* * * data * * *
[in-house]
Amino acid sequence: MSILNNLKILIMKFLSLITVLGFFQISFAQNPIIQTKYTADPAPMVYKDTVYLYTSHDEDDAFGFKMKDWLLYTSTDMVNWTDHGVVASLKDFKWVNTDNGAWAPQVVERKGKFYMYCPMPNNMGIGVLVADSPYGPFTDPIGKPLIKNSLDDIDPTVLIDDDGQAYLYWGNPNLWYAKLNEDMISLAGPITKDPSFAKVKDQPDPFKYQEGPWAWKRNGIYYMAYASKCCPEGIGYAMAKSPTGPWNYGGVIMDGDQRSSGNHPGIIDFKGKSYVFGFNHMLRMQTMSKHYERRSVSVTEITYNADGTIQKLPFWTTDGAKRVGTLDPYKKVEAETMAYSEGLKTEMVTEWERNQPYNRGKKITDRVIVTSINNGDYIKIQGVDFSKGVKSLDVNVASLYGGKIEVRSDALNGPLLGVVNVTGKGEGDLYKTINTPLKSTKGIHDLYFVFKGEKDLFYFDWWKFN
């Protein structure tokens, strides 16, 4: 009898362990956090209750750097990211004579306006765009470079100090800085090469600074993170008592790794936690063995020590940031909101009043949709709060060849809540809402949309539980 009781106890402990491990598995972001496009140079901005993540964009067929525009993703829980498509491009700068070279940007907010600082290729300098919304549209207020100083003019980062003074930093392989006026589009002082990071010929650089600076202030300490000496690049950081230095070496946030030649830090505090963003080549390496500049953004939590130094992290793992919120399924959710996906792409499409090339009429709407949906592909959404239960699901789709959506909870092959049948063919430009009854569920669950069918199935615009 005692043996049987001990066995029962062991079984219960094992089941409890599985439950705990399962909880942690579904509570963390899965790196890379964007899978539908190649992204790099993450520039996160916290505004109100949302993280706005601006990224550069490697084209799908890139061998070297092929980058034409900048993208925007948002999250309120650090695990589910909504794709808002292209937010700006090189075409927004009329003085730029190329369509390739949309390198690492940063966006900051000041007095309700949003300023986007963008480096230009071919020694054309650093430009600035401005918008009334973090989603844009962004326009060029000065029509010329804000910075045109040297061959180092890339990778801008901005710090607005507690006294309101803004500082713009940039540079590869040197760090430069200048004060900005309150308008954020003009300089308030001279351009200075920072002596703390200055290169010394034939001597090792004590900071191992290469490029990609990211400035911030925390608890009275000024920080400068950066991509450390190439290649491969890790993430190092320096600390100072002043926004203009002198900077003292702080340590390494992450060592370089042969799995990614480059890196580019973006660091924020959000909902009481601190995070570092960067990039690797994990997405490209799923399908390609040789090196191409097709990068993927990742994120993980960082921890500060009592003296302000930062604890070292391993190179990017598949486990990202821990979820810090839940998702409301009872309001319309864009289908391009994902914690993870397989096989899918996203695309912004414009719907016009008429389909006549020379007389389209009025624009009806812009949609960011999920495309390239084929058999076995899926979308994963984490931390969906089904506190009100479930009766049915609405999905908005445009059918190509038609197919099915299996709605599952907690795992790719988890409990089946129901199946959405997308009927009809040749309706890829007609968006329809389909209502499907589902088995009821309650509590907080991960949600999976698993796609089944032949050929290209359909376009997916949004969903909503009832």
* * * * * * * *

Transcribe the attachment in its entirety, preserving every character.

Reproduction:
[in-house]
Amino acid sequence: MSILNNLKILIMKFLSLITVLGFFQISFAQNPIIQTKYTADPAPMVYKDTVYLYTSHDEDDAFGFKMKDWLLYTSTDMVNWTDHGVVASLKDFKWVNTDNGAWAPQVVERKGKFYMYCPMPNNMGIGVLVADSPYGPFTDPIGKPLIKNSLDDIDPTVLIDDDGQAYLYWGNPNLWYAKLNEDMISLAGPITKDPSFAKVKDQPDPFKYQEGPWAWKRNGIYYMAYASKCCPEGIGYAMAKSPTGPWNYGGVIMDGDQRSSGNHPGIIDFKGKSYVFGFNHMLRMQTMSKHYERRSVSVTEITYNADGTIQKLPFWTTDGAKRVGTLDPYKKVEAETMAYSEGLKTEMVTEWERNQPYNRGKKITDRVIVTSINNGDYIKIQGVDFSKGVKSLDVNVASLYGGKIEVRSDALNGPLLGVVNVTGKGEGDLYKTINTPLKSTKGIHDLYFVFKGEKDLFYFDWWKFN
């Protein structure tokens, strides 16, 4: 009898362990956090209750750097990211004579306006765009470079100090800085090469600074993170008592790794936690063995020590940031909101009043949709709060060849809540809402949309539980 009781106890402990491990598995972001496009140079901005993540964009067929525009993703829980498509491009700068070279940007907010600082290729300098919304549209207020100083003019980062003074930093392989006026589009002082990071010929650089600076202030300490000496690049950081230095070496946030030649830090505090963003080549390496500049953004939590130094992290793992919120399924959710996906792409499409090339009429709407949906592909959404239960699901789709959506909870092959049948063919430009009854569920669950069918199935615009 005692043996049987001990066995029962062991079984219960094992089941409890599985439950705990399962909880942690579904509570963390899965790196890379964007899978539908190649992204790099993450520039996160916290505004109100949302993280706005601006990224550069490697084209799908890139061998070297092929980058034409900048993208925007948002999250309120650090695990589910909504794709808002292209937010700006090189075409927004009329003085730029190329369509390739949309390198690492940063966006900051000041007095309700949003300023986007963008480096230009071919020694054309650093430009600035401005918008009334973090989603844009962004326009060029000065029509010329804000910075045109040297061959180092890339990778801008901005710090607005507690006294309101803004500082713009940039540079590869040197760090430069200048004060900005309150308008954020003009300089308030001279351009200075920072002596703390200055290169010394034939001597090792004590900071191992290469490029990609990211400035911030925390608890009275000024920080400068950066991509450390190439290649491969890790993430190092320096600390100072002043926004203009002198900077003292702080340590390494992450060592370089042969799995990614480059890196580019973006660091924020959000909902009481601190995070570092960067990039690797994990997405490209799923399908390609040789090196191409097709990068993927990742994120993980960082921890500060009592003296302000930062604890070292391993190179990017598949486990990202821990979820810090839940998702409301009872309001319309864009289908391009994902914690993870397989096989899918996203695309912004414009719907016009008429389909006549020379007389389209009025624009009806812009949609960011999920495309390239084929058999076995899926979308994963984490931390969906089904506190009100479930009766049915609405999905908005445009059918190509038609197919099915299996709605599952907690795992790719988890409990089946129901199946959405997308009927009809040749309706890829007609968006329809389909209502499907589902088995009821309650509590907080991960949600999976698993796609089944032949050929290209359909376009997916949004969903909503009832």